If you’re thinking “Well, that will never happen, I’m a terrible negotiator.” My friend, I’m here to tell you you’re wrong. I know because I taught myself, and I have taught others. 

    Negotiation is a learned skill

    It’s true, negotiation is a learned skill. Very few people were born great at negotiation. And if you can learn about 8 million bacteria names while running on no sleep in veterinary or vet tech school, you can 100% learn how to negotiate more effectively.

    If you’re looking to improve your skills in negotiating, check out our new course, The Successful Negotiator.

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  • Making Better Decisions Despite Stress

    Making Better Decisions Despite Stress

    Here's an easy, actionable idea that will help you make better decisions for career growth or any part of your life: ensure you have spent time doing some kind of hobby or past-time that uses your brain in a way your work doesn't.

    Posted: 19/03/2024

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    4 minutes

    Who should read this?

    Veterinarians, vet nurses, vet techs, employers.

    Author(s)

    Melanie Barham

    Region

    Global content

    Making Better Decisions Despite Stress

    Here’s an easy, actionable idea that will help you make better decisions for career growth or any part of your life: ensure you have spent time doing some kind of hobby or past-time that uses your brain in a way your work doesn’t.

    Before you sigh and add that to your “I should do that” list, take a second and hear me out: it’s easier than you think to benefit from this activity, and the benefits to your decision-making are profound.

    Making clear decisions about your career, life, and the things you want to explore requires clarity and brain space. This means *not* having steam coming out of one side of your brain after overworking it, and it means *not* feeling like Yosemite Sam. Your amygdala has to be a little bit chilled out.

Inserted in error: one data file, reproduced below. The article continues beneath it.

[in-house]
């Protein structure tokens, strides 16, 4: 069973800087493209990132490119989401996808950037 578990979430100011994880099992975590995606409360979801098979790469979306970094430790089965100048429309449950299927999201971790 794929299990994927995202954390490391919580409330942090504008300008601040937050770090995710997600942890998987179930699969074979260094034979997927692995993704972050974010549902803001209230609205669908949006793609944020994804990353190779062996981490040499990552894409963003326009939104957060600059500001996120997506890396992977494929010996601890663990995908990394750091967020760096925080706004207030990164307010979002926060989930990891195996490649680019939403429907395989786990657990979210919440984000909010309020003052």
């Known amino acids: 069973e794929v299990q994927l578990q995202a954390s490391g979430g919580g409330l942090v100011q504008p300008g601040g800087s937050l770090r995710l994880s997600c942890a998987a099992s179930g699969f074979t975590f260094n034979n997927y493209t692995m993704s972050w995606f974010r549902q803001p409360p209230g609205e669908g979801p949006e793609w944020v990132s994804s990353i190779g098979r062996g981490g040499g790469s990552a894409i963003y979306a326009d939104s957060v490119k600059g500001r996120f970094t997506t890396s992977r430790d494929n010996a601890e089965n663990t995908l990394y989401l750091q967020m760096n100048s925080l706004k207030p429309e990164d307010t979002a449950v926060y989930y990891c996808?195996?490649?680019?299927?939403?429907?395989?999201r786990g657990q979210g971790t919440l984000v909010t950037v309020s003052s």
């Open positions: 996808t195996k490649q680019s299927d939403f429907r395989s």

Interestingly, research showed that even 10 minutes of leisure activity that engages your brain achieves both of these effects. Engaging a different part of your brain also really helps increase your ability to have clarity, create new ideas, and innovate.

    Research shows that “hobbies” or “leisure activities” don’t have to have a lot of parameters around them to see this benefit. Your activity doesn’t even have to be physical (although the benefits of physical activity can stack onto the other effects mentioned if you want extra credit). The activity doesn’t have to be expensive or something entirely new. The activity just has to be something you choose to do and has to interest you in a way you aren’t normally engaged.

    So, if you’re making a decision (job offer, career direction, new ideas for your clinic), make sure you have filled your prescription for a little hobby time within the past 24 hours.

    And if you need help with anything such as CV reviewing, career coaching or interview prep, check out our services by clicking on the button below. 

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  • Failure, Discomfort, and Change: What I Learned...

    Failure, Discomfort, and Change: What I Learned From a 4-year-old

    My daughter’s school has different views of failure, discomfort, and change/growth than I was taught at the same age. They celebrate change as growth, examine failures objectively, and view discomfort as a part of resilience.

    Posted: 18/03/2024

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    5 minutes

    Who should read this?

    Veterinarians, vet nurses, vet techs, employers.

    Author(s)

    Melanie Barham

    Region

    Global content

    Failure, Discomfort, and Change: What I Learned From a 4-year-old

    My daughter’s school has different views of failure, discomfort, and change/growth than I was taught at the same age. They celebrate change as growth, examine failures objectively, and view discomfort as a part of resilience.

    I regularly hear, “How do you feel? What is your body telling you when it’s sad/frustrated/mad? How can you make it better? Who can you ask for help? What can you learn from them? How do you feel about your choice?” I’ve learned a lot from preschool, maybe you can too.

    Through watching my daughter, I’ve been reminded that change, pain, and suffering are important parts of the human experience. Frustration, pain, and discomfort are manifestations of our body, telling us to pay attention, and that things need to change. Change is the vehicle for growth and a new equilibrium. Failure is a major part of the pursuit of a better equilibrium.